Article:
Background A possible relationship between mitochondrial haplogroups and psychiatric diseases (e.g. schizophrenia and bipolar disorder) has been postulated, but data regarding depression is still limited. We investigated whether any mitochondrial haplogroup carried a significant higher risk of depressive symptoms in a large prospective cohort of North American people included in the Osteoarthritis Initiative. Methods Cross sectional data was derived from the Osteoarthritis Initiative. The haplogroup was assigned through a combination of sequencing and PCR-RFLP techniques. All the mitochondrial haplogroups were named following this nomenclature: H, U, K, J, T, V, SuperHV, I, W, X or Others. Depression was ascertained through the 20-item Center for Epidemiologic Studies-Depression (CES-D), with ≥16 indicating depressive symptoms. Results Overall, 3601 Caucasian participants (55.9% women), mean age of 61.7±9.3 years were included. No difference was observed in mitochondrial haplogroups frequency among those with depressive symptoms (n=285, =7.9% of the baseline population) compared to participants with no depressive symptoms (N=3316) (chi-square test=0.53). Using a logistic regression analysis, adjusted for eight potential confounders, with those having the haplogroup H as the reference group (the most common haplogroup), no significant mitochondrial haplogroup was associated with prevalent depressive symptoms. The same results were evident in secondary analysis in which we matched depressed and non-depressed participants for age and sex. Limitations Cross-sectional design; only CES-D for evaluating mood; participants not totally representative of general population. Conclusions We found no evidence of any relationship between specific mitochondrial haplogroups and depressive symptoms. Future longitudinal research is required to confirm/ refute these findings. © 2017 Elsevier B.V.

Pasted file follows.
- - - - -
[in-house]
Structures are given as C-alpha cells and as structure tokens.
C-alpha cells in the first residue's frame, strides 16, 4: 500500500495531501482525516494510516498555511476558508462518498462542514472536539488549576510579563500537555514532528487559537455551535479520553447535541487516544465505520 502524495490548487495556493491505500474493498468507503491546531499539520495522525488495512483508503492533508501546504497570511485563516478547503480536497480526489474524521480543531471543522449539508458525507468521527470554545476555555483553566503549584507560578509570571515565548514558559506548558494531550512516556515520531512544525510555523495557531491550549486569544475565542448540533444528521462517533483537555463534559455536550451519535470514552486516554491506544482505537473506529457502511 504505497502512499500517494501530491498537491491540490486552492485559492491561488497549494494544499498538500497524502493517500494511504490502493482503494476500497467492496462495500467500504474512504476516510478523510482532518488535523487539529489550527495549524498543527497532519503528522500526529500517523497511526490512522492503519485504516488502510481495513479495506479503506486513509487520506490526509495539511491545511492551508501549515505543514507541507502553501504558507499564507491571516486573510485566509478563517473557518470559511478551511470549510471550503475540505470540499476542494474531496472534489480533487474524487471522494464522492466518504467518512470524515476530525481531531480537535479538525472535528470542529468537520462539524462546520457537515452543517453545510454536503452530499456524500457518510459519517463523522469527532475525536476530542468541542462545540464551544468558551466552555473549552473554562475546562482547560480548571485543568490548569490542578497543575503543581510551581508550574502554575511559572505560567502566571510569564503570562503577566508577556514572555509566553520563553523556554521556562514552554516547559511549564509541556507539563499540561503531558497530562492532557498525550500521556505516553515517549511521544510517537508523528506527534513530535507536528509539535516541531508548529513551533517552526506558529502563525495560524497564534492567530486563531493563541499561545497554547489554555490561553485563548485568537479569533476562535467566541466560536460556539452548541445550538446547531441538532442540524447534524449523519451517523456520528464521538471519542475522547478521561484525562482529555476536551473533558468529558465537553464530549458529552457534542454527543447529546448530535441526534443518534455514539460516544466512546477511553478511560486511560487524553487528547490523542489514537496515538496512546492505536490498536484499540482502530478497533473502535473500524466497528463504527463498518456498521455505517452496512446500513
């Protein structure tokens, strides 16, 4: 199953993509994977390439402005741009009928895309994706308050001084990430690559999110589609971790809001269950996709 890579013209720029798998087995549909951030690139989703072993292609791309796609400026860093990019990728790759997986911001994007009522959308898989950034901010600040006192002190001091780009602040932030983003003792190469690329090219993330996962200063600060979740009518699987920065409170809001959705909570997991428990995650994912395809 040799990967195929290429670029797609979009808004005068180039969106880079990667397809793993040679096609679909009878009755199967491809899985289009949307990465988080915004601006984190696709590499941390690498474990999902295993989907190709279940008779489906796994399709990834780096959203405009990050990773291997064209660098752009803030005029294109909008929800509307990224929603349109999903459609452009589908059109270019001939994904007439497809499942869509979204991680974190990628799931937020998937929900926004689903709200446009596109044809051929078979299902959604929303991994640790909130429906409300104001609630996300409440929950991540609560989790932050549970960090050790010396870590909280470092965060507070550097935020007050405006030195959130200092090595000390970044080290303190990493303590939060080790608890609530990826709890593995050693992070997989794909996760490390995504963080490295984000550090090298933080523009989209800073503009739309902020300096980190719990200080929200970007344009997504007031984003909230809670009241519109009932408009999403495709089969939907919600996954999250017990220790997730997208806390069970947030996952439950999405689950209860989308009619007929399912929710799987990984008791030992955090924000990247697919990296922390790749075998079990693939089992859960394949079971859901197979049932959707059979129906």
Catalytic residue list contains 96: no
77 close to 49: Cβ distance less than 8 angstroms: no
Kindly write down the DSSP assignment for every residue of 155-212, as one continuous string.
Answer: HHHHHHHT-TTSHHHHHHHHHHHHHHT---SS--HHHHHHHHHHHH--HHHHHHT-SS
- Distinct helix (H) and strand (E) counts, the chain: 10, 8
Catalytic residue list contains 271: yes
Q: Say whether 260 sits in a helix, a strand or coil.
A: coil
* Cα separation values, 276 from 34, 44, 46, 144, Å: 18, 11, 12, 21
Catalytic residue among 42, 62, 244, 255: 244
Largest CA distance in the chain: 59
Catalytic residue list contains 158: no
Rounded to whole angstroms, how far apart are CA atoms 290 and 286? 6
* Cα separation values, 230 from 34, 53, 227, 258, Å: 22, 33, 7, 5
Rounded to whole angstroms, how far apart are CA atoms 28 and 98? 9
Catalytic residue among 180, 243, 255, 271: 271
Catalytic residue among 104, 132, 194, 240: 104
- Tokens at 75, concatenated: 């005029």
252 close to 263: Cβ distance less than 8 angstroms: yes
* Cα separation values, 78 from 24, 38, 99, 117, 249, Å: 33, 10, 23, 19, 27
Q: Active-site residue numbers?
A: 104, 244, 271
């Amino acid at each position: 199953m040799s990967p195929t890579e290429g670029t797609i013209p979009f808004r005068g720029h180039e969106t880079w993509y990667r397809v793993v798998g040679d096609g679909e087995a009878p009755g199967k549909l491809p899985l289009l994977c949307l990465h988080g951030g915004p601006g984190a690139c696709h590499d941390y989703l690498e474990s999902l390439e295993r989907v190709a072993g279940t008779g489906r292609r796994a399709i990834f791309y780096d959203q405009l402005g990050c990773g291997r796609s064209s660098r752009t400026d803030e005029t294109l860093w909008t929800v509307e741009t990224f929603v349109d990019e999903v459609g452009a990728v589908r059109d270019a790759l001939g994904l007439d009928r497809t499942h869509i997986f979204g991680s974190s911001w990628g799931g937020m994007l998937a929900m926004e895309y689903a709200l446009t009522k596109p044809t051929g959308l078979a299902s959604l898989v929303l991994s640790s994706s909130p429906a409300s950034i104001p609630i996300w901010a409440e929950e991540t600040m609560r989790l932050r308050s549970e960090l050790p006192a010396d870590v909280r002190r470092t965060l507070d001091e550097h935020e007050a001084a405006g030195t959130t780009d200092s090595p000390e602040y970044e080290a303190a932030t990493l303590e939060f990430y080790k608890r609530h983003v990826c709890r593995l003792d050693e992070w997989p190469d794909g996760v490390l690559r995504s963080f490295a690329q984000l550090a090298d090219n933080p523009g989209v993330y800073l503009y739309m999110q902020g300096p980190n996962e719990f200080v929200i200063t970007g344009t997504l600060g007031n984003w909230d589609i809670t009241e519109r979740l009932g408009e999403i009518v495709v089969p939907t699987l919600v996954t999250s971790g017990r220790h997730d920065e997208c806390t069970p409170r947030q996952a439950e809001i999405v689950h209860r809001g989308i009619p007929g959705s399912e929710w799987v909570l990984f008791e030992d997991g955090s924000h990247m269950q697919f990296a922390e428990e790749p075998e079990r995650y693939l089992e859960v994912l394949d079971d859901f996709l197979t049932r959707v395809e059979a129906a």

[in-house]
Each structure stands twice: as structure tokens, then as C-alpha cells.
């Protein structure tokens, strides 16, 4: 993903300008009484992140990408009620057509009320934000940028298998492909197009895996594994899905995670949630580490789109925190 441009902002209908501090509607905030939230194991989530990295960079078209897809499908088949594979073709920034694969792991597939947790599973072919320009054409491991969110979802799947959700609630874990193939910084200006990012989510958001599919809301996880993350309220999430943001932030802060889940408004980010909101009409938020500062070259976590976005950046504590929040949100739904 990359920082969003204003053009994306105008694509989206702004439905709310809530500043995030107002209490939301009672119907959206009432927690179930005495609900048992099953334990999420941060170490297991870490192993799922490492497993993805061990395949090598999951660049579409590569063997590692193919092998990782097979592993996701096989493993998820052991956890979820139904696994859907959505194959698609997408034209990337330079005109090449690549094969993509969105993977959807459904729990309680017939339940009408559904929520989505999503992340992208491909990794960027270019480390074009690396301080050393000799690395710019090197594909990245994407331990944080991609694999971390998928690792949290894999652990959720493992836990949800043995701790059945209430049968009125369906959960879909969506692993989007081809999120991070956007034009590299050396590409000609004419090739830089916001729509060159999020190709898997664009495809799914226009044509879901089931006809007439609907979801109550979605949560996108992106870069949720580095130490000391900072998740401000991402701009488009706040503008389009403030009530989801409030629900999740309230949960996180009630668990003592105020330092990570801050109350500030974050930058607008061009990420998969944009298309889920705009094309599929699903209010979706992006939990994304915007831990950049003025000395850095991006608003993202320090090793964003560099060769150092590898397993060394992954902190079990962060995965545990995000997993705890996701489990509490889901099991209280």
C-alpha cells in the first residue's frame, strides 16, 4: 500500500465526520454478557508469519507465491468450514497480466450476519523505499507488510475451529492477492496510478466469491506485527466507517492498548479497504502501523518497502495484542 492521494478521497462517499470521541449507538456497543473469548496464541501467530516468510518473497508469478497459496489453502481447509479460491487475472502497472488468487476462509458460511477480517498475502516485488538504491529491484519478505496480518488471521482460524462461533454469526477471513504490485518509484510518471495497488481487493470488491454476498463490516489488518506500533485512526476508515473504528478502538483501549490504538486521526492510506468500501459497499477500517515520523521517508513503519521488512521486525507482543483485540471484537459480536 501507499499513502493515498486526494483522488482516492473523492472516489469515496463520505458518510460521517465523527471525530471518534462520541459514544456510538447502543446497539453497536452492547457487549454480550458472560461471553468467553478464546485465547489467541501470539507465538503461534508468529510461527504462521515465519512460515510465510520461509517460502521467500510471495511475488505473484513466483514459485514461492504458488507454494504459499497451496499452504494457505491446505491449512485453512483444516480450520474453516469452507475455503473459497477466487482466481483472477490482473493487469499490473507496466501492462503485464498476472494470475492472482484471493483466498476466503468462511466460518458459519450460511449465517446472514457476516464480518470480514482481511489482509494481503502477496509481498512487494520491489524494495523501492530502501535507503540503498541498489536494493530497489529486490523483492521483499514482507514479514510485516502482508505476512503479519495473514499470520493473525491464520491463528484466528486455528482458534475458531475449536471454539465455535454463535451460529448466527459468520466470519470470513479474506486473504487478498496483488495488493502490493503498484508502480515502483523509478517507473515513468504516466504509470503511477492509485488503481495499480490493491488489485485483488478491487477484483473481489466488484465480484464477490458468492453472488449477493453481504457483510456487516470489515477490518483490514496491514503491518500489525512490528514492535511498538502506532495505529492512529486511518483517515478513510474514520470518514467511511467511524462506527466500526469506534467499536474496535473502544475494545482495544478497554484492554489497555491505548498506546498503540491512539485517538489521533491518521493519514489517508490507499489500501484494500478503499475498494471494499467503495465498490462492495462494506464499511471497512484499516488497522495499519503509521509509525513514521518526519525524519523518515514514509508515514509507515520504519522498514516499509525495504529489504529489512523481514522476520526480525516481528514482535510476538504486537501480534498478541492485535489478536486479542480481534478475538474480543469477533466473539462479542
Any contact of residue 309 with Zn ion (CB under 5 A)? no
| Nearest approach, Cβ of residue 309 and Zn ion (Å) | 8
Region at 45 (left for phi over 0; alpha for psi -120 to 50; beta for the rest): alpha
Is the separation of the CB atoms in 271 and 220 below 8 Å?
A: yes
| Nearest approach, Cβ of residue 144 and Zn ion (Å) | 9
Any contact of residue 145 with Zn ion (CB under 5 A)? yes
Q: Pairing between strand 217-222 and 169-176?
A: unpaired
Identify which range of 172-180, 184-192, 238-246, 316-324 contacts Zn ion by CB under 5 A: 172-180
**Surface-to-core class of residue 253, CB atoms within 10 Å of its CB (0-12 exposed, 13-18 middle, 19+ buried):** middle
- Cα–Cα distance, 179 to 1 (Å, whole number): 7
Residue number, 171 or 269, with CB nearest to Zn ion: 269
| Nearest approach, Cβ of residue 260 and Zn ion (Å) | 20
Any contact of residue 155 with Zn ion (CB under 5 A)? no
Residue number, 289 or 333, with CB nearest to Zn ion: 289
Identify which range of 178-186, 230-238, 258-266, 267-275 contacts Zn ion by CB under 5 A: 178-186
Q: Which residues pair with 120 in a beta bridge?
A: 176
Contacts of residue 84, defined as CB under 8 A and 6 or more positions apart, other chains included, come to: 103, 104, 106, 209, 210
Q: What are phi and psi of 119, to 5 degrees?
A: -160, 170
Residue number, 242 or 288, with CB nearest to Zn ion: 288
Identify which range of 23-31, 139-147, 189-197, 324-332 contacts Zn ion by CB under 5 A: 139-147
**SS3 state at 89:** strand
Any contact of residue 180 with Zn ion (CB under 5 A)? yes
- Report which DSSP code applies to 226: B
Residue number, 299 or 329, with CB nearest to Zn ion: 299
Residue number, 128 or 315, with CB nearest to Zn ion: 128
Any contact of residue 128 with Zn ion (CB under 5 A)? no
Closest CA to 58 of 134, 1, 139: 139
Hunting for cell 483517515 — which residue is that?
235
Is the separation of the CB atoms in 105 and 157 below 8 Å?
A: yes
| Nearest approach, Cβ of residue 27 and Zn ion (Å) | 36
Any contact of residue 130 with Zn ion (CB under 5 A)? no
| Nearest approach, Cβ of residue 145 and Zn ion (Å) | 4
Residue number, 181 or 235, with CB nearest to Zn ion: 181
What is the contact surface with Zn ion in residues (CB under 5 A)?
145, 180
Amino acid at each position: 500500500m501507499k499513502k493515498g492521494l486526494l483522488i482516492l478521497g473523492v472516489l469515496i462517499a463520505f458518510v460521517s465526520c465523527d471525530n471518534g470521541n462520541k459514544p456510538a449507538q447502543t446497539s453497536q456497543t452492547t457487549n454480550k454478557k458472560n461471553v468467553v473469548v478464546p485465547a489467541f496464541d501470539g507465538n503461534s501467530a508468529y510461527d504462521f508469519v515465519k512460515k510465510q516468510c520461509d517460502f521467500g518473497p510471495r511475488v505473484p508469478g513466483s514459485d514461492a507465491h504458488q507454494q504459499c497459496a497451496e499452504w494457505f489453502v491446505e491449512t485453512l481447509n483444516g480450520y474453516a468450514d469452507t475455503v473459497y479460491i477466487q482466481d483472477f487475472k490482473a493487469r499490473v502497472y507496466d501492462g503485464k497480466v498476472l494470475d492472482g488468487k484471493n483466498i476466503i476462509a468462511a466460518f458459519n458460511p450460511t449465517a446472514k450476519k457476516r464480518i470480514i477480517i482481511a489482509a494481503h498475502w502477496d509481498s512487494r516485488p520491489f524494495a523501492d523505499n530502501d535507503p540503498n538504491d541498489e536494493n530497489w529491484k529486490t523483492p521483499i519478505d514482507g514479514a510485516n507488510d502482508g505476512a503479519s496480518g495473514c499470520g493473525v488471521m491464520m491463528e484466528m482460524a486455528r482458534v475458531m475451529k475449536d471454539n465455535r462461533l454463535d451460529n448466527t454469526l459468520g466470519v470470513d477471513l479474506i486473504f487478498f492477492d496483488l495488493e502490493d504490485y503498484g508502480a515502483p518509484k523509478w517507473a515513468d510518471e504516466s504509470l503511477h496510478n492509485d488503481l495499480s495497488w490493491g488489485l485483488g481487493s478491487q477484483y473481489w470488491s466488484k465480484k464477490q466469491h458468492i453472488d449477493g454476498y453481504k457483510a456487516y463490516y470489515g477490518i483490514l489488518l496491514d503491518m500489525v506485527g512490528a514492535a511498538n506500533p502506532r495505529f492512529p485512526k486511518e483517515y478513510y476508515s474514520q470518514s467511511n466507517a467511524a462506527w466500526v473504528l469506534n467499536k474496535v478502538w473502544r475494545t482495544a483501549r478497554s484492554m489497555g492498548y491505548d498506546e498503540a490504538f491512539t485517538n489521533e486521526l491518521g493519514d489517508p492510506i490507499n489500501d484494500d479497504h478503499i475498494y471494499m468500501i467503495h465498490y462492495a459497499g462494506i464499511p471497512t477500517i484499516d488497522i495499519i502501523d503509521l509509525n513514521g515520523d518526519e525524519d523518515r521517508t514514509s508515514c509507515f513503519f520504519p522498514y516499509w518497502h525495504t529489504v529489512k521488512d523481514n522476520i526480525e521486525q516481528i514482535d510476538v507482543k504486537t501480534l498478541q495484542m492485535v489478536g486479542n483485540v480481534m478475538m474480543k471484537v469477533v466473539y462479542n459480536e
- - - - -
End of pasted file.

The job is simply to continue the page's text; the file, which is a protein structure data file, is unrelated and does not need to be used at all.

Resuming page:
|Numero di pagine||5|
|Rivista||Journal of Affective Disorders|
|Stato di pubblicazione||Published - 2017|
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